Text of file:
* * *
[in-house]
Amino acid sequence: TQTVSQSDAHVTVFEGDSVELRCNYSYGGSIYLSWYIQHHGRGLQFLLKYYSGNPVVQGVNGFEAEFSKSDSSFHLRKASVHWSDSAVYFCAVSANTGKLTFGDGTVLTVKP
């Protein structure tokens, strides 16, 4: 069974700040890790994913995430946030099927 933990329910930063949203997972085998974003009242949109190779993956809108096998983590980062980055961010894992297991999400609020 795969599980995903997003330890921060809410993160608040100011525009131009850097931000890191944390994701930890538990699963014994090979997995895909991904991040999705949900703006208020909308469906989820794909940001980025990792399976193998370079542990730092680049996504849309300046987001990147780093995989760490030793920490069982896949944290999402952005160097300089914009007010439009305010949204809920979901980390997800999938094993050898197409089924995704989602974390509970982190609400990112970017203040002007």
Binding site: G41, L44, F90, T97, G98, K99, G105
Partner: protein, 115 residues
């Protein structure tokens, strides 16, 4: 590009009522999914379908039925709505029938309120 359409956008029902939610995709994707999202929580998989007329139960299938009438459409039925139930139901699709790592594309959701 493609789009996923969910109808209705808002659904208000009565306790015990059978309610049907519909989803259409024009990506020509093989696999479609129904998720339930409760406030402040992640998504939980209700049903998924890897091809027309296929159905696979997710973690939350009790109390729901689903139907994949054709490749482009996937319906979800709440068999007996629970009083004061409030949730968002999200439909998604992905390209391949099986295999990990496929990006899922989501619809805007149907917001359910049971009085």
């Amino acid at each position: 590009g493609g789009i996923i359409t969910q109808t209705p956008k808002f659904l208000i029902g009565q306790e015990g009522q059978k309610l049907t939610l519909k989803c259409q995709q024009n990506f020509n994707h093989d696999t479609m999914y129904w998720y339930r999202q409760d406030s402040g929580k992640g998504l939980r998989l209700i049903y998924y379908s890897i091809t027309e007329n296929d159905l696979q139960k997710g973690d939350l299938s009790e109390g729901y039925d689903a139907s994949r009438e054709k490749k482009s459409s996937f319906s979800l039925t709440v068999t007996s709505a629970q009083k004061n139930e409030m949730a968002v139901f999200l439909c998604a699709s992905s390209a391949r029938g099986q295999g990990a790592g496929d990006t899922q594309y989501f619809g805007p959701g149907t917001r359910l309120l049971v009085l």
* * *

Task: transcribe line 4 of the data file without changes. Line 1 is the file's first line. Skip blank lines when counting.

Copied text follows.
Binding site: G41, L44, F90, T97, G98, K99, G105